Discussion in '16-valve' started by Nige, Feb 11, 2009.
This is a really clear guide, Thinking about upgrading my cams so this thread will be a great help
Markings to refit cams and belt
I am in the process of rebuilding a 16v (ABF) engine and is not sure of the following:
1. If I align the twp dots of the cams to be in line with each other, the line mark on the inside of the cam pulley does not align with the side of the valve cover. I notice the no4 inlet valves is in the process of opening, meaning that if I turn the engine to TDC the valves may not allow no4 piston to do it.
2. If I fit the cambelt, what procedure should be followed to ensure the valves not catching the pistons. I need to use the factory marks as it was not marked on removal.
My Cams dont look aliagned!
I read your thread and have used it to look to take the Cams out on our Golf Mk 2 gti 16V. I have found that when the No 1 piston is at tdc that the timing belt sprocket marking is not quite at tdc, also the forward (fuel inlet) cam appears to be one tooth out.
I attach some photos to show what I mean. Haven't taken anything else off at moment, wanted to get your opinion.
It seems not to be quite right bit it has done one track day and seemed to run ok.
Your guide to cam removal and refitting is really clear so thank you (so much better than haynes manuals 4 lines) , so I have used it to remove mine to replace the cam/sprocket oil seal that is leaking.
I have put No. 1 cylinder at tdc, however the notch on the timing belt sprocket is not quite positioned at 12 o'clock and the fuel inlet cam is also not quite aligned (seems to be one tooth out from the markings on the cam gear).
We have done a track day with the car and it seemed to go ok, apart from the temp getting quite high (120deg C). I also noticed that the plugs are quite white.
I attach some photos to show what I mean. Haven't loosened any of the cam bolts yet, as wanted your thoughts before doing anymore. I think it needs resetting up....any help/advise appreciated.
The notch on the timing belt should line up with the mark on the cam cover. From memory, I don't think that's 12 o'clock. I'd suggest you need to reset the timing, or at least recheck it, with the cam cover temporarily put back on. Just use a couple of bolts to make sure it's located properly.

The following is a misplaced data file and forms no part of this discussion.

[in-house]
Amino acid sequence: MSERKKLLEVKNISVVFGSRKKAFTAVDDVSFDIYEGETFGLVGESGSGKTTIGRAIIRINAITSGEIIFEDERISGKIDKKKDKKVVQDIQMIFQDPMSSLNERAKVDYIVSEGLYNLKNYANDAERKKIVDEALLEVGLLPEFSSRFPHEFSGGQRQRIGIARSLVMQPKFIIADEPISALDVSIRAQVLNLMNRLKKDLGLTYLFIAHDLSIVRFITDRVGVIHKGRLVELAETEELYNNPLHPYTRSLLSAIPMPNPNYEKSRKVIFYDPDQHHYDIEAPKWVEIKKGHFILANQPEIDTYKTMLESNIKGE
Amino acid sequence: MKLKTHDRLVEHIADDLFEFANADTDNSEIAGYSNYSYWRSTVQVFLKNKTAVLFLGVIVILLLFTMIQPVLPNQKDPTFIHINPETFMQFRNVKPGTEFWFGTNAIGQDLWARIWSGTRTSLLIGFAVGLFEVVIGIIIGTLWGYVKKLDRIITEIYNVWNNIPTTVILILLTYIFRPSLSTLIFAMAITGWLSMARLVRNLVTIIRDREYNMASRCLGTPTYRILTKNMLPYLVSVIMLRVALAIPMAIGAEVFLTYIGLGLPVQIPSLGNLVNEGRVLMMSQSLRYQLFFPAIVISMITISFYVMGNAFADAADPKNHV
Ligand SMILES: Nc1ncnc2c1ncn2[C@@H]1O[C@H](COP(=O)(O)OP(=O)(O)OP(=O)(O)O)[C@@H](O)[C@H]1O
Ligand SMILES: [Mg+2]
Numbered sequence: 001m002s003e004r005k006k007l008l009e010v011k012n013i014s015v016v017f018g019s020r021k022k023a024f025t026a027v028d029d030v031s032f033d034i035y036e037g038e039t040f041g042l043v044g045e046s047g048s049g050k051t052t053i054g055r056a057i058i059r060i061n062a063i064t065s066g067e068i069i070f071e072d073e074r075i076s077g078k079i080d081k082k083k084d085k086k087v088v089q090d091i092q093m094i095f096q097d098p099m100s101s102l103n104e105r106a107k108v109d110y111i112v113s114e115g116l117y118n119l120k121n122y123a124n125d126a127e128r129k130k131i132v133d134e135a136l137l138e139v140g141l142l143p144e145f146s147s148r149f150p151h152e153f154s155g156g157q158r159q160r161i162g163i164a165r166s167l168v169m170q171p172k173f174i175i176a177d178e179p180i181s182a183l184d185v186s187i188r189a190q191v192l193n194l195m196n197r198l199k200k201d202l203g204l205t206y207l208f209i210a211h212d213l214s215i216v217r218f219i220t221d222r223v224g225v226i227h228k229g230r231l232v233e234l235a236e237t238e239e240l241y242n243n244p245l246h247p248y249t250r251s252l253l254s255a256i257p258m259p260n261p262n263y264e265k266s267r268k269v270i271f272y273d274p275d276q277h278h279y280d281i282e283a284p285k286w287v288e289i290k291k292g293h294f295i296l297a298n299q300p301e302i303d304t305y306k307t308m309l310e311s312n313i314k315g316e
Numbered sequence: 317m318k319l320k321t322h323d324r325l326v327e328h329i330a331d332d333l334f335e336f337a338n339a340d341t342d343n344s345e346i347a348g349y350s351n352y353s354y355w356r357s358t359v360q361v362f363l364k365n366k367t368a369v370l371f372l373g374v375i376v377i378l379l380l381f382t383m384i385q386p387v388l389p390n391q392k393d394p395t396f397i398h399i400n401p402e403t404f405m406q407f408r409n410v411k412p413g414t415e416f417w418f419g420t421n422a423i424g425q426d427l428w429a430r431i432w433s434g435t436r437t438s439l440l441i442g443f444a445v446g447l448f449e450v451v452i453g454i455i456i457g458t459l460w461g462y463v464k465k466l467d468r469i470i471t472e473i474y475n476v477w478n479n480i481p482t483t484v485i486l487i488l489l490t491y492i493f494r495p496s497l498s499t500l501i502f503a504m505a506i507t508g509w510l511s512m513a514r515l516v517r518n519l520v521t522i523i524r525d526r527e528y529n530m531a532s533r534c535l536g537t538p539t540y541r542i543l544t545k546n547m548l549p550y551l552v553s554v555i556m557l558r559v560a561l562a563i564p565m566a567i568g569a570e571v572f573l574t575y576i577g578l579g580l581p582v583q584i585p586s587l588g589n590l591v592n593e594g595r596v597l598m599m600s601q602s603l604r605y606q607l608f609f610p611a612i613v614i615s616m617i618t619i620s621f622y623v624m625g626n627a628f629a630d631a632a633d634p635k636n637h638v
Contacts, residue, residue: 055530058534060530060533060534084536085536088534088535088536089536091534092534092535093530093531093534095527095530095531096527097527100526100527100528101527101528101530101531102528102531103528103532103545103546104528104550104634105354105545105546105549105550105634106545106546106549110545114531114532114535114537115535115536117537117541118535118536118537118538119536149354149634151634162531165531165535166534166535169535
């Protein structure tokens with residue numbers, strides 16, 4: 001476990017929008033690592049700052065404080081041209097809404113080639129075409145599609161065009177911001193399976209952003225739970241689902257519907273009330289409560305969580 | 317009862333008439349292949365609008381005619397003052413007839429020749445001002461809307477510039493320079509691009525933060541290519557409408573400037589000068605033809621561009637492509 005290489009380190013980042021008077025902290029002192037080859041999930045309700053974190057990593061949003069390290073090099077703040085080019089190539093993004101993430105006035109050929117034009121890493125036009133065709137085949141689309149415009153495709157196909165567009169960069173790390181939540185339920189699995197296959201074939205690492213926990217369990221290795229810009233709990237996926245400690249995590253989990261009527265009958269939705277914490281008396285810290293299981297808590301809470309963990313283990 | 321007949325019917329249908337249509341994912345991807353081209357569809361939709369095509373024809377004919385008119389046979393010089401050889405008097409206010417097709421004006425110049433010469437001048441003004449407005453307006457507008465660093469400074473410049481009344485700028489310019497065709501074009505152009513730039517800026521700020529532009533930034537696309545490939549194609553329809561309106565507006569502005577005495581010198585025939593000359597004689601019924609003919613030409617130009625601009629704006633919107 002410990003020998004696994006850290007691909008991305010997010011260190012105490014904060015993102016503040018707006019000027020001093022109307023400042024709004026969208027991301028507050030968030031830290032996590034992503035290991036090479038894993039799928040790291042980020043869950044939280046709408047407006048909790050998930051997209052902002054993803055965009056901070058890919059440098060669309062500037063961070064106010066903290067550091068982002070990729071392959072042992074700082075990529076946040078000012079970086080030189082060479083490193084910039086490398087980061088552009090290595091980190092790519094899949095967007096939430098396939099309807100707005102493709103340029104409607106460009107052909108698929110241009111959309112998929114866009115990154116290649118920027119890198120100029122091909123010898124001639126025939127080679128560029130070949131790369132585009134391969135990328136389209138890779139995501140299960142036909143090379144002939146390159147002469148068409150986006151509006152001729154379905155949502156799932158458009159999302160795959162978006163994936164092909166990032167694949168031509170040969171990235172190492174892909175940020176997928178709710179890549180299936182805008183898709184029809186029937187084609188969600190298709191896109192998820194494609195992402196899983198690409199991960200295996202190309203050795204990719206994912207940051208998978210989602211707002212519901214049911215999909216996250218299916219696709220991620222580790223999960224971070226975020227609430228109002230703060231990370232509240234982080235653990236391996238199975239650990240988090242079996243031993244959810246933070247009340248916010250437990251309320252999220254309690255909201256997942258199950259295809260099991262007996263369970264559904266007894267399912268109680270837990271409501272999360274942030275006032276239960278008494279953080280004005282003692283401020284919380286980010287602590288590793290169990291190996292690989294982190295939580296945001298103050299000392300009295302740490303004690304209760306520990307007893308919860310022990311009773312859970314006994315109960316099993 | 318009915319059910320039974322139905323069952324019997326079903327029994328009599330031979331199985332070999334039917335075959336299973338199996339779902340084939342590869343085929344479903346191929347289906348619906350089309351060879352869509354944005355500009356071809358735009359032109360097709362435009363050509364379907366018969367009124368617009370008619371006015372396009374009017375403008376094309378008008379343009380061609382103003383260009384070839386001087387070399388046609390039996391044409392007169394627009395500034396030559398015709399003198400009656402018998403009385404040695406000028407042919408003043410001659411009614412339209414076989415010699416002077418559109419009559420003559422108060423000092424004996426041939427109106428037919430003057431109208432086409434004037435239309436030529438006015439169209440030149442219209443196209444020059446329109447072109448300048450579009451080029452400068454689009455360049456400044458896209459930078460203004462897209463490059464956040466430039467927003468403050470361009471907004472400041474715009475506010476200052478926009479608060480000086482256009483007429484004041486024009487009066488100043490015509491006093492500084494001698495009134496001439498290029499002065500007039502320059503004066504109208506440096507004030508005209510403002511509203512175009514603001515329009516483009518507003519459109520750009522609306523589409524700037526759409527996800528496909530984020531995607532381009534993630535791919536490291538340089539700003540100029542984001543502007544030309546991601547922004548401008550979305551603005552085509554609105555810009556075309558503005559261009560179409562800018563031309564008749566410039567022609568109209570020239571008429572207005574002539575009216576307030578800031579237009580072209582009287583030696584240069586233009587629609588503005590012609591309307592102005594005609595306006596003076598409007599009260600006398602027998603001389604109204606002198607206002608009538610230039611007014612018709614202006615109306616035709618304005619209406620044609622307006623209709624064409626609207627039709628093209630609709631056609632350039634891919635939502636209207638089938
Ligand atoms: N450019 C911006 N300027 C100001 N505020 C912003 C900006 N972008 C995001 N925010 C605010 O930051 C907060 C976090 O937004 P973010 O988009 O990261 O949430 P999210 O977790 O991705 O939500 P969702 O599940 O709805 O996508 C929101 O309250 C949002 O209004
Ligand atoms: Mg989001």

When you're trying to find TDC, there's a flat spot at the top of the travel, where it's hard to tell. I'd suggest you use the TDC dot on the flywheel to confirm (not the V mark).
I've figured this out the hard way in the past - if the cams are timed nearly right but not quite, it makes a big difference to power, and tends to cause a lot of top end rattling as the cams rotate (I was convinced I had a tappet problem, but when I rechecked the cam timing, the noise miraculously disappeared.)
For future reference, this thread is for information, rather than fault diagnosis. If we get a load of enquiries on it, all Nigel's work will be diluted by the size of the thread. Please post any queries in the 16v engine forum. Feel free to post a link to this thread, if you think it will help.
i used most this guide to help me do a head gasket for the first time. thanks
Great concise guide with excellent images.
This is indeed a very useful guide. I also used it for fitting my Schricks, although it's a bit different. You don't have the dots on the chain wheels, but the ends of the cam shafts have to be in one line. I don't think this is the same for all aftermarket cam shafts, but for the latest Schricks this is how it has to be:
It's import the K-numbers (K12 in this case) are on top of the line, on both the shafts! It's also useful to compare the position of the cams, with the original one.
It's also a bit harder to fit the shafts, because of the higher lift. I also had stronger valve springs, so this makes it a bit harder as well, I think. How I do the trick:
- Put the cams in right position, with the ends in one line. Watch out the chain doesn't move while the shafts are fitted.
- Now it should be possible to put on cap nr. 5. Tighten the two nuts a bit, until you have enough thread to put on the nuts of cap nr. 6. Now tighten these nuts...
- I did this for the caps 5 till 8.
- Now it should be possible to put on the two nuts of bearing cap nr. 4. This is the hardest one to do. It's important to be careful with the nuts, so you don't lose one in one of the holes of the head. There isn't much thread when you try to fit them!
- Once cap 4 is on it's place, it's easy to fit cap 3, 2 and 1 (and the other caps at both sides of the cylinder head)
Don't tighten the caps too hard! Once they're fitted, they still have to be tightened on time (15Nm!).
So for clearness:
How I fit them first:
How they should be tightened:
Had to change my head gasket for second time (buy cheap buy twice, lesson learned) and followed this amazing guide again, sadly have hit a snag, with head back on I could turn crank fine until timing belt added, then she went rock solid and (stupidly) I forced and now have a toothless pulley, any ideas as to why this could happen?
(no plugs in so no pressure on system)
A cap on backwards or in the wrong place ?
all taken off in sequence and put back same, might have been 1 tooth out on alignment but that shouldnt cause an issue should it?
I've got a spare head en route so if push comes to shove, just wish I hadnt spent a day cleaning and polishing it to get rid of casting errors lol
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